On the other hand, Americans are not to show disrespect for the people who are pursuing passably decent ways of life, even if those ways are demonstrably inferior to those of mainstream American culture. American liberty and equality are not consistent with snobbery. On the contrary, it is appropriate to congratulate minority Americans for their happiness, even if you think they could have achieved more were they psychologically equipped with an even better set of values. American multiculturalism represents solidarity between decent Americans of various cultures, but it also is committed to honesty about which ways of life are best and to be preserved and which are inferior and to be left to fade away.

This is the scheme of the melting-pot multiculturalism of America: liberty, public debate, and the quest for virtue. Diversity and liberty are good as means to virtue and unity in America, and as ways to promote the happiness of minority groups before their melting is complete. But virtue, the best ways of life, and unity in them should always ultimately, and with the gentle guidance of liberty and tolerance, override cultural diversity. Diversity is a mere means; virtue is the end. For this reason, the melting-pot multiculturalism of America is only moderate multiculturalism.

Sunday, October 27, 2002

Why Paul Wellstone's Death Made us Cry

Mind Floss has argued that anti-American Americans only like the stuff of America: the raw material that is us. They don't like the form of our country and want to remold us according to their own inclinations, envies, and hatreds. I think most leftists fit this description. Their arguments are so lacking in substance and their animosity so high that clearly it is the animosity and not the arguments that motivate them. Mind Floss's description is perspicuous. Lenin, Stalin, Mussolini, Mao, Pol Pot, Ho Chi Minh, etc., all tried to mold their societies into the radically new forms of their narcissistic choosing.

This weekend Paul Wellstone has been eulogized as "principled." But Stalin was "principled" in some sense. So, let us try to be less ambiguous in this connection.

Paul Wellstone was a moral exemplar and a leftist. He was tenaciously devoted to the form of America: its values. He examined the evidence about what these values implied and carefully followed it to what he honestly took to be its sound conclusions. He drew conclusions to the left of where many of us do. He thought that American values dictated that the working man should have more political power than he does at present. He thought that we, too, believed this deep down but were somehow making a mistake, some inconsistency, in recognizing our values and their implications. He was trying to call us back to what he took to be our own form, and his way of doing this was through aiming at the truth, scrupulously democratic devotion to public debate, and the good, old fashioned, legal power politics that our system rightly allows for. He had no interest in molding us according to his personal inclinations.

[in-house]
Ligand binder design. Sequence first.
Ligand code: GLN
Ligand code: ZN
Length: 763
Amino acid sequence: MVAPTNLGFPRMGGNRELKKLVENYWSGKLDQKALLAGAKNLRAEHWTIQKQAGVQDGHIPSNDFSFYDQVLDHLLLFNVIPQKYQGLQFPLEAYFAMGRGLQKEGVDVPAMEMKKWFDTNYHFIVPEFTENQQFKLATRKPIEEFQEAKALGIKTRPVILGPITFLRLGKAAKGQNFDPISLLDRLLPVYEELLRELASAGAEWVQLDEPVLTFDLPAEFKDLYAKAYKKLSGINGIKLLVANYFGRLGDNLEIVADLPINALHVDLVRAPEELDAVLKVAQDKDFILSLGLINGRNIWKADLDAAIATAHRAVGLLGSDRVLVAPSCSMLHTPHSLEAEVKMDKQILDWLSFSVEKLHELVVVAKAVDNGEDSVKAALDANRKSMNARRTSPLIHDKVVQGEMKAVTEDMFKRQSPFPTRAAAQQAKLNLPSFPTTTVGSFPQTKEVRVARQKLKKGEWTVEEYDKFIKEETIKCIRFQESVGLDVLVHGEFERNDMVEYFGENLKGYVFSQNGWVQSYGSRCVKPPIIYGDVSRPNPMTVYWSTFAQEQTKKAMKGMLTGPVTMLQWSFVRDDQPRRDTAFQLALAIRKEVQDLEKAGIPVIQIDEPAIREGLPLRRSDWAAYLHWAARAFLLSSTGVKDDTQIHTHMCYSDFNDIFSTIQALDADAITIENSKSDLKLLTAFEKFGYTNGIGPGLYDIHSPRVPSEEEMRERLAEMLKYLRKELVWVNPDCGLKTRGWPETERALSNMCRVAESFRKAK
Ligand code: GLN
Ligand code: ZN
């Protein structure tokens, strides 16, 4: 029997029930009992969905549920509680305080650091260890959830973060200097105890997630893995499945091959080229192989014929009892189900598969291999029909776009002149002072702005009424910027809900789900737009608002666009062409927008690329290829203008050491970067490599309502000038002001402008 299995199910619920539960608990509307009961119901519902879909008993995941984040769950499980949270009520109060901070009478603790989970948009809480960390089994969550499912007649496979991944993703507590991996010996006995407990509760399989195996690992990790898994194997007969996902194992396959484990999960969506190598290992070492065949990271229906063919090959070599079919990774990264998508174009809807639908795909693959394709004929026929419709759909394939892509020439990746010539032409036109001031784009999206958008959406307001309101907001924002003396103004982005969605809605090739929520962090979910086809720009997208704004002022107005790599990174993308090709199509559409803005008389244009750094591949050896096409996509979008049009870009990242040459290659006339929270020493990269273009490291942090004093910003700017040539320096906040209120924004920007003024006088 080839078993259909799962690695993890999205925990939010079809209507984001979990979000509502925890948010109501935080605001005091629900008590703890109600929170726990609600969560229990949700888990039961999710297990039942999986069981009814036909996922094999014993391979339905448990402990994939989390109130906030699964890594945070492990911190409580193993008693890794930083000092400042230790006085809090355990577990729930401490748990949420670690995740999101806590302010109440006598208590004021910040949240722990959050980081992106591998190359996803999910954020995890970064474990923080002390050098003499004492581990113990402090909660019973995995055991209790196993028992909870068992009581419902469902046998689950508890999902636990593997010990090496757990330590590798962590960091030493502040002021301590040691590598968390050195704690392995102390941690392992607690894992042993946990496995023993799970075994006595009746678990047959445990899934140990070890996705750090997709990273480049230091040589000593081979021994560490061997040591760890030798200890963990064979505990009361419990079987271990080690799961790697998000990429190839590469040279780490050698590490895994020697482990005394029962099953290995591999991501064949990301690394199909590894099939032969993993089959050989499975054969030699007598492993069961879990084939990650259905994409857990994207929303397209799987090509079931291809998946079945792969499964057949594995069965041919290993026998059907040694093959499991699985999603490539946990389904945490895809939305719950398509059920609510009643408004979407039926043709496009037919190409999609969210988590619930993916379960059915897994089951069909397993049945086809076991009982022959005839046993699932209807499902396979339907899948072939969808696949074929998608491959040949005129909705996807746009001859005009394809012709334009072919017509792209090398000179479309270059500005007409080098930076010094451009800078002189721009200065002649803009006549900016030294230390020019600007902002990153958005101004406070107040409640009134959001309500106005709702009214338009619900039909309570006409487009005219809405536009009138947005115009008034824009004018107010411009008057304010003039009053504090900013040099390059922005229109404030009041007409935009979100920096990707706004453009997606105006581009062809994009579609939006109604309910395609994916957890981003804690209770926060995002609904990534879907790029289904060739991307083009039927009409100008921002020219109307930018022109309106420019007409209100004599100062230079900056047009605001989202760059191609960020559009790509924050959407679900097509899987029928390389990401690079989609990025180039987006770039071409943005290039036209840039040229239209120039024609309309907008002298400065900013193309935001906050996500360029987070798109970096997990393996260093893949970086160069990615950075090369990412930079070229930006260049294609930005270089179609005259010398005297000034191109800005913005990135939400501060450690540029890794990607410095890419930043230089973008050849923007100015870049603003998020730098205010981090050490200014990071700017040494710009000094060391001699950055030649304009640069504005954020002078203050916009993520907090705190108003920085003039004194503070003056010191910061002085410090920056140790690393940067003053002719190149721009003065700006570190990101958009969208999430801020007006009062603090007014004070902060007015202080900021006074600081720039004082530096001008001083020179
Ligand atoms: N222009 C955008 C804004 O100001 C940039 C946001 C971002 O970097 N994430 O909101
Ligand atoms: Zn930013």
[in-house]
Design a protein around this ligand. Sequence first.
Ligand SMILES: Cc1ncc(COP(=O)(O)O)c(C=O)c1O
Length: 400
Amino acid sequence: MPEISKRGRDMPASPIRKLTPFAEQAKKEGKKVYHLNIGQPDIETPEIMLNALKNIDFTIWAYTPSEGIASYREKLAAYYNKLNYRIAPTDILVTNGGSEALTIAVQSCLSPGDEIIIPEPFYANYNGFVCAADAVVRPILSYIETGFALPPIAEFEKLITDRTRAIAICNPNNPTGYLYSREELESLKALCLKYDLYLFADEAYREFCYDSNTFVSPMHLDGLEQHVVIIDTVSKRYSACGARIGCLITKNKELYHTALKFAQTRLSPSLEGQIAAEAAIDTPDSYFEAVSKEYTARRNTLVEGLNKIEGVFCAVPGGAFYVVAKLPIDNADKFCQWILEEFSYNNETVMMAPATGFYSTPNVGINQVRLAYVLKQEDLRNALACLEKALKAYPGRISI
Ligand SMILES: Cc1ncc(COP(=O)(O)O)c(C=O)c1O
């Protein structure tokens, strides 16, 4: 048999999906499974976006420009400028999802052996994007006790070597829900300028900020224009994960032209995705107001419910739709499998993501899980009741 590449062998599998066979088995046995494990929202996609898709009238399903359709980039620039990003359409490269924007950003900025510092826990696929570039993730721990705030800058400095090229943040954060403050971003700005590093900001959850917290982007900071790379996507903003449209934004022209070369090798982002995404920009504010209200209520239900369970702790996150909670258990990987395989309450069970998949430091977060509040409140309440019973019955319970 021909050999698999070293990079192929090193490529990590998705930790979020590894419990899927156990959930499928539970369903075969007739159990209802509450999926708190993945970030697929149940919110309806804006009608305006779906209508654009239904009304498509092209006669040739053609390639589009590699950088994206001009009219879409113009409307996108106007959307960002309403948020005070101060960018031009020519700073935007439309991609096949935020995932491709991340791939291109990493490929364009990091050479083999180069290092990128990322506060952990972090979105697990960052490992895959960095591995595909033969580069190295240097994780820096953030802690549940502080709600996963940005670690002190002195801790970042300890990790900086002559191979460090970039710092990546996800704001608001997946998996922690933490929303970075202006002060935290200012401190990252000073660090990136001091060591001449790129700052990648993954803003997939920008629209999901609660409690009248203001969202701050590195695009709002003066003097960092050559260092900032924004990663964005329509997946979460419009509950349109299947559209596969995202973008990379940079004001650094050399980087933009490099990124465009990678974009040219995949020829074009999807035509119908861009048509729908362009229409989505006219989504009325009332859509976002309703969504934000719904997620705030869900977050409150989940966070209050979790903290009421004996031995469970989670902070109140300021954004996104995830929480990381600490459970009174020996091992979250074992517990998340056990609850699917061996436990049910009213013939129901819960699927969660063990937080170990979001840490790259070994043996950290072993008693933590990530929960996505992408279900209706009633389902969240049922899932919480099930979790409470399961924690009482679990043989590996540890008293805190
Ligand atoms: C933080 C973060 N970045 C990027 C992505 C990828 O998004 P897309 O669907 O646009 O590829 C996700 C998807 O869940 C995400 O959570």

Paul Wellstone fulfilled the duty of every American: to examine political matters carefully and with devotion to defend the conclusions on the evidence in the forum of reasoned debate. His loss made us cry because he was better at fulfilling that duty than the overwhelming majority of us, even than the majority of our leaders. He carefully put together the puzzle of our values in a plausible manner, such that we became better acquainted with their contours thanks to him and, if we were on our toes, came to understand them better by seeing where he erred. Somewhere in the midst of his reasonings there was an error, such that his conclusions were false. But the error was purely intellectual and blamelessly so, and vastly outweighed by the value of his leadership. This is why we needed him in the Senate. Talk about loyal opposition. His death is like the loss of your left arm. Trauma, shock, grief.

Philosoblog will discuss Senator Wellstone's error in "The Political Philosophy of Paul Wellstone" in the next few weeks. I'm sure he'd take the criticism in the spirit of a tribute in which it is intended. As I say, he was devoted to the truth.

Saturday, October 26, 2002

Philosoblog is in the middle of a three-part series: Be a Cultural Elitist (below), The Melting Pot I, and The Melting Pot II.

The Melting Pot I

Extreme Multiculturalism is the position that a society should support a diversity of cultures within itself and should not be partial to any of them, including the predominant one. But this idea should be rejected.